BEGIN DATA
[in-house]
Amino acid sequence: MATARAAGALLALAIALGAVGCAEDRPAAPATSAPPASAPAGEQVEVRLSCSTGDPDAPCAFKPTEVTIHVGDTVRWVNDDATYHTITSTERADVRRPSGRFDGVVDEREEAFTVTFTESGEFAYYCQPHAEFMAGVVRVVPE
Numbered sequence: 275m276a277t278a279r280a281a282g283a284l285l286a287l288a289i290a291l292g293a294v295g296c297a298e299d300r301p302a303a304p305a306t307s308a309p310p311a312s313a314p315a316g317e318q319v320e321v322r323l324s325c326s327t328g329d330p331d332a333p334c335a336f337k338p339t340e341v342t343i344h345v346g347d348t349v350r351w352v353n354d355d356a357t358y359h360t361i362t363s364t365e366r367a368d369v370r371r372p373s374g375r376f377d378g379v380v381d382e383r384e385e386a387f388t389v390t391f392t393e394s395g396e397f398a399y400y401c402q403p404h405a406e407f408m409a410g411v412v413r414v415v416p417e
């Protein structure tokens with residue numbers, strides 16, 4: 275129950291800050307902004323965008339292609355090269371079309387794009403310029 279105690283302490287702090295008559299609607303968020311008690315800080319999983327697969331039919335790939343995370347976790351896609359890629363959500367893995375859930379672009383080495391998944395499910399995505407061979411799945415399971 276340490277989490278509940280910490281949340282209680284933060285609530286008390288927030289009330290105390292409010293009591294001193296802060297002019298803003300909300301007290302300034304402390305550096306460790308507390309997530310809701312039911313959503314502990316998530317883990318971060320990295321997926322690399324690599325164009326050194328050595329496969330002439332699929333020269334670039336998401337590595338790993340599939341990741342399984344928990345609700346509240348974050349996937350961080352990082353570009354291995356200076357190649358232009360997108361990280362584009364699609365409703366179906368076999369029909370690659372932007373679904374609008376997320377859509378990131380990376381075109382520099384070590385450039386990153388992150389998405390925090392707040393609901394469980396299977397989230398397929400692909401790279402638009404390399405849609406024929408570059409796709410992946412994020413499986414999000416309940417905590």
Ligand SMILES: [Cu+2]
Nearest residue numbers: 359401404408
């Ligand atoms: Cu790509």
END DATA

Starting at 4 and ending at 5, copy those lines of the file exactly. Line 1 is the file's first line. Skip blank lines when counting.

């Protein structure tokens with residue numbers, strides 16, 4: 275129950291800050307902004323965008339292609355090269371079309387794009403310029 279105690283302490287702090295008559299609607303968020311008690315800080319999983327697969331039919335790939343995370347976790351896609359890629363959500367893995375859930379672009383080495391998944395499910399995505407061979411799945415399971 276340490277989490278509940280910490281949340282209680284933060285609530286008390288927030289009330290105390292409010293009591294001193296802060297002019298803003300909300301007290302300034304402390305550096306460790308507390309997530310809701312039911313959503314502990316998530317883990318971060320990295321997926322690399324690599325164009326050194328050595329496969330002439332699929333020269334670039336998401337590595338790993340599939341990741342399984344928990345609700346509240348974050349996937350961080352990082353570009354291995356200076357190649358232009360997108361990280362584009364699609365409703366179906368076999369029909370690659372932007373679904374609008376997320377859509378990131380990376381075109382520099384070590385450039386990153388992150389998405390925090392707040393609901394469980396299977397989230398397929400692909401790279402638009404390399405849609406024929408570059409796709410992946412994020413499986414999000416309940417905590």
Ligand SMILES: [Cu+2]